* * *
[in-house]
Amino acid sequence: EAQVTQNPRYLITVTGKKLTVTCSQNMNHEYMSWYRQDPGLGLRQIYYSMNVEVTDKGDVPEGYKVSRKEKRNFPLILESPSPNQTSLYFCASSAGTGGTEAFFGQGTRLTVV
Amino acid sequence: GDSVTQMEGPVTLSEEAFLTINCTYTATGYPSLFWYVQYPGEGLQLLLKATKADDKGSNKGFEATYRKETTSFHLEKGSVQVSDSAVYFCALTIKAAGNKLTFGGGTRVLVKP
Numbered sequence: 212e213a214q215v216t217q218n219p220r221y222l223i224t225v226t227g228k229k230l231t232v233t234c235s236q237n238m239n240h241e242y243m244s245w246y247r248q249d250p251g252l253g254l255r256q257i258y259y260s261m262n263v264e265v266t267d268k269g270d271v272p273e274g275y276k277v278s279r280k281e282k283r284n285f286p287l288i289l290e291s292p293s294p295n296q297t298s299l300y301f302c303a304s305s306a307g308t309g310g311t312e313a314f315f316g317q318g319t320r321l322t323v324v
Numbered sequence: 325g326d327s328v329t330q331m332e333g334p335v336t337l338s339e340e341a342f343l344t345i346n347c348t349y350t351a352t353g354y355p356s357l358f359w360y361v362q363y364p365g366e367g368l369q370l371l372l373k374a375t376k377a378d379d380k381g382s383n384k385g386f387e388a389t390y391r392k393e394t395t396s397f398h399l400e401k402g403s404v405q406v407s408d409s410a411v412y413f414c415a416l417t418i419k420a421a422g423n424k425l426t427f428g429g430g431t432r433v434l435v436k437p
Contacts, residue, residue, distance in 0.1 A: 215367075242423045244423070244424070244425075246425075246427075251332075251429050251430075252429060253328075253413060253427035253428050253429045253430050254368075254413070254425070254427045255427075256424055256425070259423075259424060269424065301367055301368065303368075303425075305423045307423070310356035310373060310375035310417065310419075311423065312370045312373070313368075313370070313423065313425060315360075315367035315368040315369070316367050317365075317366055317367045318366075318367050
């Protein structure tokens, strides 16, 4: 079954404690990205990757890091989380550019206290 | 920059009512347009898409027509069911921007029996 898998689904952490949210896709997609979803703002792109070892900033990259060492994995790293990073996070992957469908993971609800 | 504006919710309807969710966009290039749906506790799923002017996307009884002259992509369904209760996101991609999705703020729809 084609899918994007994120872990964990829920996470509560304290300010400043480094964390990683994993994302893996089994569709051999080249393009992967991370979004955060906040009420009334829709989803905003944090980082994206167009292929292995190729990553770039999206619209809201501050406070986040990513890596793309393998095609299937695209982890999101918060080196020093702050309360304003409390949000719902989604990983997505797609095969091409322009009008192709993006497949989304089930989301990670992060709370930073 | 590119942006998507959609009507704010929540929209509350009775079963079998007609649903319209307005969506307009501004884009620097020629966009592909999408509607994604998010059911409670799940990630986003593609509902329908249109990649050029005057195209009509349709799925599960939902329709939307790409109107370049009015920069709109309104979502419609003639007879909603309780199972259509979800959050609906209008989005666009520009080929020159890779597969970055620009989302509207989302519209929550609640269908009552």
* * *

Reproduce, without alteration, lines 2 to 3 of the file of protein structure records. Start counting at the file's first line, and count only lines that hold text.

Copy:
Amino acid sequence: EAQVTQNPRYLITVTGKKLTVTCSQNMNHEYMSWYRQDPGLGLRQIYYSMNVEVTDKGDVPEGYKVSRKEKRNFPLILESPSPNQTSLYFCASSAGTGGTEAFFGQGTRLTVV
Amino acid sequence: GDSVTQMEGPVTLSEEAFLTINCTYTATGYPSLFWYVQYPGEGLQLLLKATKADDKGSNKGFEATYRKETTSFHLEKGSVQVSDSAVYFCALTIKAAGNKLTFGGGTRVLVKP